Moritaka Supreme Yanagiba Knife, 240mm (9.5"), Aogami/Blue Super Carbon Steel, Octagonal Walnut Handle
Excellent razor-sharp carbon steel yanagiba ("sushi knife"), hand-made in the Moritaka family workshop in Japan. Keep in mind that this knife is not finished in a traditional yanagi format: the edge is 50/50 bevel so it's MUCH easier to maintain, and it's fine for right/left hand use. It's also thin (not thick-bladed like traditional yanagibas). Basically, it's the same as their chef's knife and slicer, but in a yanagi shape, so just think of it as a "narrow slicer". Blade is made of Aogami/Blue Super carbon steel, with a permanent walnut handle and a stainless steel tang. These blades should take a super sharp edge and the added toughness of the Blue Super steel should help with edge strength and resistance. The walnut handle should be longer-lasting than the softer and lighter magnolia wood usually seen on traditional Japanese knives. The finish is kuro-uchi (black) with a lacquer coating -- this helps protect the steel and should not be polished off. Edge is 50/50 bevel, so it is fine for left or right-handed use, and is easily sharpened with any stone or hone or gadget suitable for Japanese knives. For regular everyday maintenance I suggest a fine Idahone ceramic hone (see below). I really love these knives -- I'm sure you'll be thrilled and amazed by the quality, good looks, and high performance of these carbon steel blades! Comes packed in a nice cobalt-blue gift box.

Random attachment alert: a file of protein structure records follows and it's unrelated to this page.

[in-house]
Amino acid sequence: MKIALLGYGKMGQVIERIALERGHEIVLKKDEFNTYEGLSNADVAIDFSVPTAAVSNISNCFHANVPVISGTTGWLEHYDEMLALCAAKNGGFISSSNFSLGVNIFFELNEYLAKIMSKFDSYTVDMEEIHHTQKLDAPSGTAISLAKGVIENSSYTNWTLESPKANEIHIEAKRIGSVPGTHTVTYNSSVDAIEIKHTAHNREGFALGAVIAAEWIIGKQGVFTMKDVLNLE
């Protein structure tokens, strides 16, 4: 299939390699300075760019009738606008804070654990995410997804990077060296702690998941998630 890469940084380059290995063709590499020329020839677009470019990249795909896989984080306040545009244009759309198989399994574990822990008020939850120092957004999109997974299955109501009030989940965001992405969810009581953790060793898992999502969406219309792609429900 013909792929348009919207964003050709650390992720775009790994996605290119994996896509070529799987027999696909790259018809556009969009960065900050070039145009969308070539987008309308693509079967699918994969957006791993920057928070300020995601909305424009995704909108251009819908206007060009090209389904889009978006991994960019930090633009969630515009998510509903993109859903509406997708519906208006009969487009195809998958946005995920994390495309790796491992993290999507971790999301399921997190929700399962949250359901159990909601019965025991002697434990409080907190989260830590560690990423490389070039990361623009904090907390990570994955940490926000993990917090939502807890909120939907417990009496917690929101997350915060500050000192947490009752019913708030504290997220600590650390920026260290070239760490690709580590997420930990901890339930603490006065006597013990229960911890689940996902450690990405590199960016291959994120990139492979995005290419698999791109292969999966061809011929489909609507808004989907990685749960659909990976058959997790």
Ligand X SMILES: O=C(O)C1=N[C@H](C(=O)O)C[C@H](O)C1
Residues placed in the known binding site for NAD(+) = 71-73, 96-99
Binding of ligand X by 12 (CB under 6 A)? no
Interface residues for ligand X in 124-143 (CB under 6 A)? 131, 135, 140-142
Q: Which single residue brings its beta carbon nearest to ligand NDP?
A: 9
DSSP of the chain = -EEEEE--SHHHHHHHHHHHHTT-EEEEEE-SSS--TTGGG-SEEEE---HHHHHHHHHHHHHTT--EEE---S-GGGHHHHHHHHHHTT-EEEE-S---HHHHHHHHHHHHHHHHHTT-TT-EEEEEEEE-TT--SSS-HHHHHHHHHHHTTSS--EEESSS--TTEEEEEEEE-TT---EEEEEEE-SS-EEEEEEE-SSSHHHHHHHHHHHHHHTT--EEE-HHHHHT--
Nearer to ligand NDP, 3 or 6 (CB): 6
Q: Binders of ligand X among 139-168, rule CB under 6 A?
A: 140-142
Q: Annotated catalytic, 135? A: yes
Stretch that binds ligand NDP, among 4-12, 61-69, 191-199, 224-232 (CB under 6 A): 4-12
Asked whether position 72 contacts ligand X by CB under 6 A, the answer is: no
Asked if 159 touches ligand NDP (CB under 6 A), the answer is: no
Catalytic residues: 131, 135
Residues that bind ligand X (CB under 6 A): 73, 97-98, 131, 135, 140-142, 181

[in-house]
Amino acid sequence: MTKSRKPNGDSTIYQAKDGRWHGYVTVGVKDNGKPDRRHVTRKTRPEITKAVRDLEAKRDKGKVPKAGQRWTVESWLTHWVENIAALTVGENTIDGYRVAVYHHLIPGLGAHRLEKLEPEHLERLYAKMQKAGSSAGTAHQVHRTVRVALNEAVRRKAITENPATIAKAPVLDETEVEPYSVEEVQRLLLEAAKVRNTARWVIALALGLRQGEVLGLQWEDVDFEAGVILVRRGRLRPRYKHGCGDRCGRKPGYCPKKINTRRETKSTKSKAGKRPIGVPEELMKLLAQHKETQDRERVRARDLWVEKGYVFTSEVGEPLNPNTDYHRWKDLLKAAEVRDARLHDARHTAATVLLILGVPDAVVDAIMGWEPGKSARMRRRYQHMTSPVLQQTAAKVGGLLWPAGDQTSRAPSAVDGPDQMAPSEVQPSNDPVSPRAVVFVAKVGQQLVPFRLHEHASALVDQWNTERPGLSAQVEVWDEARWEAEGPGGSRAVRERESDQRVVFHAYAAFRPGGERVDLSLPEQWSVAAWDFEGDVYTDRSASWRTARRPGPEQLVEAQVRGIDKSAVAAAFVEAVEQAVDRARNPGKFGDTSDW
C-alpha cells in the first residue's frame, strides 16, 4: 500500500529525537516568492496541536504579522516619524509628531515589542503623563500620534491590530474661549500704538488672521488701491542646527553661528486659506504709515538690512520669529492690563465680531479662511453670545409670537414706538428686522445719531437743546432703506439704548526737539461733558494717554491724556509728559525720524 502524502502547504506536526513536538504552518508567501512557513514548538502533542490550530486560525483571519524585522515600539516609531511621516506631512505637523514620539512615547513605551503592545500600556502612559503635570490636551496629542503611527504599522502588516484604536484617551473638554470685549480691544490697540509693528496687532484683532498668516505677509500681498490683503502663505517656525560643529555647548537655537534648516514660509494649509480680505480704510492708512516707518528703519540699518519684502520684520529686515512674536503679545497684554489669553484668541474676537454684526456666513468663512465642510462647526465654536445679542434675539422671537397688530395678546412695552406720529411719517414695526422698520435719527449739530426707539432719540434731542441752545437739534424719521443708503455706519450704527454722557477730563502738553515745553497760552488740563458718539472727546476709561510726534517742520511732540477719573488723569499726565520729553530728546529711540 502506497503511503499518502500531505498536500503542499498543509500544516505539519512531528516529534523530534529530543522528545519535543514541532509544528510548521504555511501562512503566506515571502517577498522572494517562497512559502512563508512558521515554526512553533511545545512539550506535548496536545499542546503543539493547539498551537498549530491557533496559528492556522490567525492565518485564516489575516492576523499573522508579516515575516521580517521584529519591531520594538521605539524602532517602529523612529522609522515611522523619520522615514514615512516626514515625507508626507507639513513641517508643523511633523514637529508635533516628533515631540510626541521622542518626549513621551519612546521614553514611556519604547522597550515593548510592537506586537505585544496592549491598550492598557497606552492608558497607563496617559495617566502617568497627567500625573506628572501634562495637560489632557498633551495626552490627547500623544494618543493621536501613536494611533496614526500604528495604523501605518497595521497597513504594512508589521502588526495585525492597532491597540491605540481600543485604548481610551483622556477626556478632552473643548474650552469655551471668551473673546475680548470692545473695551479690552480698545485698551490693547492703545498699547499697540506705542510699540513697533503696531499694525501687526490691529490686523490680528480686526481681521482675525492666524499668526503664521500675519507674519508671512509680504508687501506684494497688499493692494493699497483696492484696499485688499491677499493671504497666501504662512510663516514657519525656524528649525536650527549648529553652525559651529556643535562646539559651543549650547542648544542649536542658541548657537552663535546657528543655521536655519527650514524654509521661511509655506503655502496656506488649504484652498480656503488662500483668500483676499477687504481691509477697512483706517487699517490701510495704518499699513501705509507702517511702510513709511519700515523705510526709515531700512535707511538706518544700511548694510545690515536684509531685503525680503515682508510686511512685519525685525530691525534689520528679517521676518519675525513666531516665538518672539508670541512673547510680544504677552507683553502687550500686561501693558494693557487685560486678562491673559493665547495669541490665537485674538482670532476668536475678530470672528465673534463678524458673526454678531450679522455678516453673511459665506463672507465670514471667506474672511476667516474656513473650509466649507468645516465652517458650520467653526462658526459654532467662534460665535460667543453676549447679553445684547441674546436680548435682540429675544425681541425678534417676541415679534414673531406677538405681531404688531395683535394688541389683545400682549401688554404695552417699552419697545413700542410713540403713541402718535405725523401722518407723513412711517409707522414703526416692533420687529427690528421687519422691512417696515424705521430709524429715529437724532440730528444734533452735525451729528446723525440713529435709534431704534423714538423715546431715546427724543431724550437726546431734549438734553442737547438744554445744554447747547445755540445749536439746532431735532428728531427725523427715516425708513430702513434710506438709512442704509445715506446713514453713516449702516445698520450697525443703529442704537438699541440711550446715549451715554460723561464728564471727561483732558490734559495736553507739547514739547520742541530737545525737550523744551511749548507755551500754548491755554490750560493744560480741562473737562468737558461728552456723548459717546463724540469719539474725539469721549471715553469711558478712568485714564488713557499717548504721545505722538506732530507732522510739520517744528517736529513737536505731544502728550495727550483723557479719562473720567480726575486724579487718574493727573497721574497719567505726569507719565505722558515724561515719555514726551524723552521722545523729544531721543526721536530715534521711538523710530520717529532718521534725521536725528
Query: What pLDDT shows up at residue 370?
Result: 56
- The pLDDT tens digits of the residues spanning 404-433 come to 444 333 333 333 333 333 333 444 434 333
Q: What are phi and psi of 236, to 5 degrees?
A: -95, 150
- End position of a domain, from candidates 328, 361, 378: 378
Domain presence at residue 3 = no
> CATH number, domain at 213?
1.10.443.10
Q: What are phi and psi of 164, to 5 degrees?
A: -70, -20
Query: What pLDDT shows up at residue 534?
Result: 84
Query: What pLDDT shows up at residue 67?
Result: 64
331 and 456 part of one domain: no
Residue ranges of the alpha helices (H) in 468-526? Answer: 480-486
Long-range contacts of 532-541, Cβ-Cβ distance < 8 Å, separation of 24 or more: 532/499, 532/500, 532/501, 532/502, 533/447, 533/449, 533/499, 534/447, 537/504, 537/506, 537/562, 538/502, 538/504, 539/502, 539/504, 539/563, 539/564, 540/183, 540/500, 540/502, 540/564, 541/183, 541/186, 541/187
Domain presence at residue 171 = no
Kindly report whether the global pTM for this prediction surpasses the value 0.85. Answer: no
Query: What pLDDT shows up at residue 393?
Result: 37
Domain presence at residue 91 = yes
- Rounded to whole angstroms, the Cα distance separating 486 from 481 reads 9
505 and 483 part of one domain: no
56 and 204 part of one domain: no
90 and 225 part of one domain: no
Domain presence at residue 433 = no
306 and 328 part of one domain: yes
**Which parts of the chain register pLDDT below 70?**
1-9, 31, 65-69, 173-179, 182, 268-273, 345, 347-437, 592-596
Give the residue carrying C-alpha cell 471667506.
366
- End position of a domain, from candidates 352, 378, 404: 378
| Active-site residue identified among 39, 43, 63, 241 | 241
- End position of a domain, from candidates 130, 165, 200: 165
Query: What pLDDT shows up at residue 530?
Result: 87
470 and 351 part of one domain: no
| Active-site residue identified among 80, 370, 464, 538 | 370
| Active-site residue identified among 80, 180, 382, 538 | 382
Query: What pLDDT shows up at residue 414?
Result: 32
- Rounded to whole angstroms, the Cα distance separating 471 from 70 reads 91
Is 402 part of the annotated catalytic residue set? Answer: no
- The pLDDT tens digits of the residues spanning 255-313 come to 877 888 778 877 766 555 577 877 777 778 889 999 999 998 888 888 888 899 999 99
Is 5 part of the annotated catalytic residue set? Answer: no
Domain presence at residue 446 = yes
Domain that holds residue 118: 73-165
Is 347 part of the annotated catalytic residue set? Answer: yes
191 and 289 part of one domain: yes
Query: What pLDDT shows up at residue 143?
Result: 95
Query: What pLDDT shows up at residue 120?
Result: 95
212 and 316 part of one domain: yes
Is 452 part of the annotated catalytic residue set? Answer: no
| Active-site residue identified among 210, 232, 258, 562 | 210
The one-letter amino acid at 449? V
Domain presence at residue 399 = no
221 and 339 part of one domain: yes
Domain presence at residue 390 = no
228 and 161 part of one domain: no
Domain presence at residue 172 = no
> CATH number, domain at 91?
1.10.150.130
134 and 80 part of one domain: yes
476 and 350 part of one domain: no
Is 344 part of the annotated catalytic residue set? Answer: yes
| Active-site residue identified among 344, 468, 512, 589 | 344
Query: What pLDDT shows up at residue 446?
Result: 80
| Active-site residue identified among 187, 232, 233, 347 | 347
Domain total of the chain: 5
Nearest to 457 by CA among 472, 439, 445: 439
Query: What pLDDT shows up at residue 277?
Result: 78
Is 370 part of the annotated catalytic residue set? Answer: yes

IMPORTANT: Moritaka knives are very sharp and high-performance knives. To achieve this, the edges are ground very thin, and the steel is very hard. This results in a knife that is potentially fragile. As such, CHIPS OR CRACKS TO THE EDGE OR TIP ARE NOT COVERED UNDER ANY WARRANTY. It is the nature of such a knife that it is potentially fragile. If you are a beginner, not confident in your knife handling skills, or looking for an all-purpose knife, do NOT purchase this knife. I love my Moritaka and use it almost daily, but I only use it for precision slicing, dicing, and mincing (great for onions, garlic, ginger, boneless meats) as I’ve certainly chipped edges on other high-performance Japanese knives over the years, so I know it's always a risk. It is important to NOT use a rapid up-down rat-a-tat style chopping motion (where you are smacking the edge down rapidly on the cutting board). While cutting also remember to use good controlled technique -- hard steel will not tolerate "tweaking" (any sideways twisting) and just like any hard material this can result in a chip or crack. You should let the knife do the work, and not lean down and apply pressure to the edge. Cutting surface is also important: only use plastic or maple, NOT bamboo, stone/granite or glass. I also only recommend using these knives with boneless meats and regular veggies (onions, garlic, ginger, etc.) -- never hard/tough materials like root vegetables (turnips, etc.) and certainly nothing where you'd hit a bone. Finally, since they are made of carbon steel, do NOT try to keep the knife shiny. Think of it like a carbon steel crepe pan or a cast iron pan, which both benefit from a "seasoned" finish which will develop a natural yellowish discoloured patina. This is normal and will help protect the carbon steel from rusting. Do not leave these knives in a sink or sitting in water. After use, wash with warm soapy water, dry well, and store in a wooden knife block (do not store in a drawer or on a magnetic knife holder). So in conclusion, yes, this is a high-performance knife, but as with any high-performance tool or machine, this means it requires extra care and skill. A Ferrari will require MORE care, skill and maintenance than a Toyota Corolla, not less.